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A group of subscription television providers — both cable and satellite – have petitioned the FCC for some protection against networks pulling the plug on their program as part of licensing negotiations. The most recent round of brinkmanship was between Cablevision and Disney leading up to the Academy Awards coverage, but we’ve also seen other cases where college football and the SuperBowl have been held hostage to get the subscription services to pony up more per viewer.

Naturally, the National Association of Broadcasters (NAB) reportedly does not see that there’s a problem here. All their members want is fair compensation for the content they provide, and if they don’t get paid enough, they shouldn’t have to provide it.

It is interesting to note that one giant is apparently keeping mum on the subject: Comcast. Perhaps its strategy is affected by the fact that it may be both a subscription service and a content provider once it completes its takeover of NBC.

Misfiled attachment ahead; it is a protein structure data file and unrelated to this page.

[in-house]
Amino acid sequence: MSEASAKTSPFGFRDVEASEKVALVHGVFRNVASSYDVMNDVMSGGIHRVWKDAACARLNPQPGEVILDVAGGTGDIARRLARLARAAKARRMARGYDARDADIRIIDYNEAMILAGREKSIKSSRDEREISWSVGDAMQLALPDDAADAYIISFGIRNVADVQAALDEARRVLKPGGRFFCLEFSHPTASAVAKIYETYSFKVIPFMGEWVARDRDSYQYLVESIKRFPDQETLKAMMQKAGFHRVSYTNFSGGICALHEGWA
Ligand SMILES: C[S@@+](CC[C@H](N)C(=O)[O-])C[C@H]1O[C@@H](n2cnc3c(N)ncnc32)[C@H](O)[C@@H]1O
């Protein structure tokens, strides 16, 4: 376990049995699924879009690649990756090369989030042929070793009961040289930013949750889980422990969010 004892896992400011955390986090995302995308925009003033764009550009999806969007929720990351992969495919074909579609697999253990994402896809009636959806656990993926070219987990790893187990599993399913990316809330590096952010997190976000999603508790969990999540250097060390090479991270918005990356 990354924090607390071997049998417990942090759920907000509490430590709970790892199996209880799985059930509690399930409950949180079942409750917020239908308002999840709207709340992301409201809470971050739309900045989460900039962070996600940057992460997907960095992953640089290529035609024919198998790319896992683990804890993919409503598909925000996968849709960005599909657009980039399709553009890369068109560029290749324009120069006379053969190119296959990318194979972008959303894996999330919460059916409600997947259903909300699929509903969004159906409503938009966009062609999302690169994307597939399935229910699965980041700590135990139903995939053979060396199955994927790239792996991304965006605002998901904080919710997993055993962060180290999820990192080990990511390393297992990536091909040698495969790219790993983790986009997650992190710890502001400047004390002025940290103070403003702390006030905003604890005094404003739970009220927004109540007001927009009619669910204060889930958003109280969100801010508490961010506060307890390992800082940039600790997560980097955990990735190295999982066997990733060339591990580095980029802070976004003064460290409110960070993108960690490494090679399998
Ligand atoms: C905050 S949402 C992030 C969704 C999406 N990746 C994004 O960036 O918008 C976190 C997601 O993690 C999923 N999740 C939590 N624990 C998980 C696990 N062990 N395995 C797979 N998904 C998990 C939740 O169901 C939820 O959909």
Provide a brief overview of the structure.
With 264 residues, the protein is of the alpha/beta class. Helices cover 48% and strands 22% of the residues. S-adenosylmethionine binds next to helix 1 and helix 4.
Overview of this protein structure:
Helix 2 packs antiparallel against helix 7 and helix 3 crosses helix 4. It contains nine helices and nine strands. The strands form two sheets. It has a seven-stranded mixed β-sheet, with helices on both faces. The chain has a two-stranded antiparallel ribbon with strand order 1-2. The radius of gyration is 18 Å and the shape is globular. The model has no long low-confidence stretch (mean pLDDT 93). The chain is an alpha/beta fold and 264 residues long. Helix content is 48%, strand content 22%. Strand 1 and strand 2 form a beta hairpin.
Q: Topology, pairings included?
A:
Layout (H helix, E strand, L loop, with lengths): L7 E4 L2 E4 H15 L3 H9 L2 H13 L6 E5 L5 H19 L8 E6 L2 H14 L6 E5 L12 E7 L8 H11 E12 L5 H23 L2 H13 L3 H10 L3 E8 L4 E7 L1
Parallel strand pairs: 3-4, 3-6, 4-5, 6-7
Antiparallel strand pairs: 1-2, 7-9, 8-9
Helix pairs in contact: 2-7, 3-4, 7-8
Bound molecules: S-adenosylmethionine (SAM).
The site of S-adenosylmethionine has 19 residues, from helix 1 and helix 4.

The issue gets pretty complex quickly. How do you balance the “rights” of the subscribers to content that they think they’ve paid for, with the rights of the networks to not be forced to distribute their content at a price that they deem is not acceptable? Well, the FCC is not going to try to sort this one out in a vacuum, and they’re soliciting public input. You have until May 4, 2010 to weigh in with your opinions on the subject. You can post your comments online at www.fcc.gov/cgb/ecfs/; reference your comments to Docket No. 10-71. You can also file comments by email or on paper. The FCC announcement contains all the details.

Posted by Alfred Poor, March 29, 2010 6:00 AM

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About Alfred Poor

Alfred Poor is a well-known display industry expert, who writes the daily HDTV Almanac. He wrote for PC Magazine for more than 20 years, and now is focusing on the home entertainment and home networking markets.